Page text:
But even after Salazar lifted the moratorium in October 2010 – two months early – basing the action on what he called the positive response by industry in addressing safety and environment concerns, a resumption in new drilling still was not forthcoming.

That’s when GEST put things into a higher gear. With membership growing by the day, GEST leaders, determined to show that the drilling shutdown was placing a potentially ruinous burden on the Louisiana Gulf Coast economy, succeeded in scheduling face-to-face meetings with government bigwigs like Salazar and Bromwich on their own home turf : Washington, D.C. Various GEST groups made in-person visits to the nation’s capital. In fact, asOffshore went to press, they had made six such trips during January through early March, gaining access each time to intended target regulators and their staffs.

Tackling the issues

Lori LeBlanc, GEST executive director, said GEST currently is focused on three major regulatory hurdles that figure significantly in holding up the issuance by BOEMRE of deepwater drilling permits to offshore operators. They include:

  • Whether the industry is demonstrating a leading-edge spill containment capability as called for by regulators. GEST believes the two programs already or soon to be put in place by the Marine Spill Containment Co. and Helix Energy Solutions Group, Inc. will fulfill that requirement.
  • “Ambiguous” points contained in a new environmental assessment (EA) approval process, says GEST, need clarification. And since BOEMRE already has exempted 16 drilling projects filed by 13 companies who had obtained approvals from BOEMRE’s predecessor agency, the MMS, GEST believes there may be other companies and projects that fit that criterion and that they, too, merit EA approvals.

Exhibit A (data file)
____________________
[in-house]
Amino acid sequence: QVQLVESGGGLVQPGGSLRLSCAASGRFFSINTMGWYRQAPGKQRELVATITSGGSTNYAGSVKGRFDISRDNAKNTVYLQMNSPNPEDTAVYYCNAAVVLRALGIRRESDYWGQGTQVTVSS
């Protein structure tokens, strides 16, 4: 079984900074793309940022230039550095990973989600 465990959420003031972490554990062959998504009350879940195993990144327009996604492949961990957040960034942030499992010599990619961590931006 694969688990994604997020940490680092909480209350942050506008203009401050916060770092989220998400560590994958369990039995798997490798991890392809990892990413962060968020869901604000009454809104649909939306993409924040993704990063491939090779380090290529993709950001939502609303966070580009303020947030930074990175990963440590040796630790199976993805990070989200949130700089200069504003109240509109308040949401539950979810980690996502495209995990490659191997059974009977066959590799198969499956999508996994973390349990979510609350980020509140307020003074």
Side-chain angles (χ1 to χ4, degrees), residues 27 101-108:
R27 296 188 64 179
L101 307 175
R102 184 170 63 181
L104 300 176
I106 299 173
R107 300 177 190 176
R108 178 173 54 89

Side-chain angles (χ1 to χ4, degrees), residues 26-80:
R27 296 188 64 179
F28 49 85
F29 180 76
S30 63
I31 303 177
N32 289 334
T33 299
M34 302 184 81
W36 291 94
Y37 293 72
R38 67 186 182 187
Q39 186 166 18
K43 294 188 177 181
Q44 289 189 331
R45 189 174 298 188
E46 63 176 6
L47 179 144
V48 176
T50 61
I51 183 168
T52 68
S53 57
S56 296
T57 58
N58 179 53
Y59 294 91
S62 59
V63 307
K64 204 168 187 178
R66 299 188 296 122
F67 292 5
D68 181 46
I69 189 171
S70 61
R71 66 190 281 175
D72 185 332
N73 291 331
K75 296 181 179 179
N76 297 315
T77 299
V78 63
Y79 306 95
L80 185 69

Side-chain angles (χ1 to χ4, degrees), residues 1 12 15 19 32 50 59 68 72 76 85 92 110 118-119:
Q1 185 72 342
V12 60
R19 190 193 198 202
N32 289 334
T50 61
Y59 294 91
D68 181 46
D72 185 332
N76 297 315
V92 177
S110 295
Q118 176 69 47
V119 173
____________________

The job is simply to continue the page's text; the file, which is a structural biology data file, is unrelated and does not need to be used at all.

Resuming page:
The third issue, she said – perhaps the most important of the three – concerns an Interim Final Drilling Safety Rule requirement issued by BOEMRE last fall that calls for companies to embrace industry standards in ways GEST feels are not always applicable or appropriate to each deepwater drilling operation, and which could actually pose heightened safety and environmental risks.

This involves what LeBlanc called “arbitrary” re-writing of existing language, the most contentious of which was changing the introduction to each recommended practice from “the industry should,” to “the industry must.”

“They grouped the entire industry under these change,” she pointed out. “That includes drilling, production, pipelining and all the other phases of offshore development. We believe they failed to go through the rule to determine the unintended consequences of changing ‘shoulds’ to ‘musts.’ It’s simply not doable.”

LeBlanc said GEST is stressing that alternative language be substituted, and while no changes have yet been made, GEST leadership is cautiously optimistic that at least some changes ultimately will be made.

Meanwhile, under the leadership of Angelle, GEST hopes to continue its almost weekly dialog in Washington with Salazar, Bromwich and their staffs in anticipation of returning their communities to economic health before the damage becomes too widespread while there’s still time – but not much.